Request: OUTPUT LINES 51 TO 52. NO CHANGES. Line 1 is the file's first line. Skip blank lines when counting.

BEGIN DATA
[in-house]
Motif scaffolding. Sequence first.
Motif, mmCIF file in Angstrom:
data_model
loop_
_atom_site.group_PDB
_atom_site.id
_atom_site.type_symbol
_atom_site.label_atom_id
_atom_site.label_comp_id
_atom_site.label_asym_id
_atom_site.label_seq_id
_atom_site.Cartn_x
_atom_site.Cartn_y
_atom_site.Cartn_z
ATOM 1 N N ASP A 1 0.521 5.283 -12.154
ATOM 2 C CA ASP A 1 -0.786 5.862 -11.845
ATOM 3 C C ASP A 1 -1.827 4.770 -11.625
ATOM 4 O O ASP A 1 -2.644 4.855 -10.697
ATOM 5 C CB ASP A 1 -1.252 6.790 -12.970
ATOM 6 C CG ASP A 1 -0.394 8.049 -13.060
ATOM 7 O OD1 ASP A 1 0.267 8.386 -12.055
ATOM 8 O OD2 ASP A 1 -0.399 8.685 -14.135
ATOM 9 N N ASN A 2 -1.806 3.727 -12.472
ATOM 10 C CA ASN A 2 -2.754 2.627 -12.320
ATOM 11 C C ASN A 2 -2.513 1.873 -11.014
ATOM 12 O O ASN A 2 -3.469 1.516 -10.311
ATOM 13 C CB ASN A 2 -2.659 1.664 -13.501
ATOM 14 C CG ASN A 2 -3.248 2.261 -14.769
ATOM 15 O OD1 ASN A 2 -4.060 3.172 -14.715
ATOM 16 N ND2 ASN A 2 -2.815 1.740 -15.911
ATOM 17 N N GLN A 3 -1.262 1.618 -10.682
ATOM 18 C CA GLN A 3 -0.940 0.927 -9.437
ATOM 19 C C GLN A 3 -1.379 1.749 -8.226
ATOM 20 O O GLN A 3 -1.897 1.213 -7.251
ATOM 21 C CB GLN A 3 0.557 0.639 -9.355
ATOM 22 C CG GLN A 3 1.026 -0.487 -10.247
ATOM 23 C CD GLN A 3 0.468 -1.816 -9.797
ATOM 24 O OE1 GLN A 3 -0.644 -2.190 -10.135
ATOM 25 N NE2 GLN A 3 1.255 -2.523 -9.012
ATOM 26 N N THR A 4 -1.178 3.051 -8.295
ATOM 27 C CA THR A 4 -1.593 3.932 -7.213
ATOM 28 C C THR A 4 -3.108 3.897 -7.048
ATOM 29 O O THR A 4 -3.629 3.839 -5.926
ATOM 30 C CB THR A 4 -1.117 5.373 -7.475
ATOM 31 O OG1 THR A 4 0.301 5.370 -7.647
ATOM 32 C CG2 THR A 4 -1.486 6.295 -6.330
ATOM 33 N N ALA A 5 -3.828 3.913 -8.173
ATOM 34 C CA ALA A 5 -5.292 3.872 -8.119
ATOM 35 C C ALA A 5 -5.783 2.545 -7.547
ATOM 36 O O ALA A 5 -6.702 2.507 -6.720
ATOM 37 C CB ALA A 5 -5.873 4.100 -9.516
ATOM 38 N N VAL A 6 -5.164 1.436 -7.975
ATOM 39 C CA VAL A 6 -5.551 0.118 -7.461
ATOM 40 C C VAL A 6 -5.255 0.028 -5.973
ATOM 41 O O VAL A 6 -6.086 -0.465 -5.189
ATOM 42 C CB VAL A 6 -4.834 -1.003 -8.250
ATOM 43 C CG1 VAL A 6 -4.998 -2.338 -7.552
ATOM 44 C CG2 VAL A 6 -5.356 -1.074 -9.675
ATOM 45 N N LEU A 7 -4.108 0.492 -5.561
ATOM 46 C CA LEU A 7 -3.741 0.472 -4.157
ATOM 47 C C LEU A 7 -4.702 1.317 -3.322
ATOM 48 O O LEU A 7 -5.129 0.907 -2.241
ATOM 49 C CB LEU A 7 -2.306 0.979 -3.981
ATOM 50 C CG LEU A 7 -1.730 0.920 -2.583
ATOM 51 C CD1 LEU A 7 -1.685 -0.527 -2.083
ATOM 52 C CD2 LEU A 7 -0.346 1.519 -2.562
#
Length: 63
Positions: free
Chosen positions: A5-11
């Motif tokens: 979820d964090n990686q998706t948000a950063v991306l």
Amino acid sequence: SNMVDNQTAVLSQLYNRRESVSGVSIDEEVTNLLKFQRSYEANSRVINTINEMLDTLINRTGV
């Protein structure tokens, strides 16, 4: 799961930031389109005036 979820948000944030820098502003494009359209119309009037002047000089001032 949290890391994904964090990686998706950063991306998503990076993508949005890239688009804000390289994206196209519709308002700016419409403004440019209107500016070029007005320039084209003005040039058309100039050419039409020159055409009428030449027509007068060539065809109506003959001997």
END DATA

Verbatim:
ATOM 36 O O ALA A 5 -6.702 2.507 -6.720
ATOM 37 C CB ALA A 5 -5.873 4.100 -9.516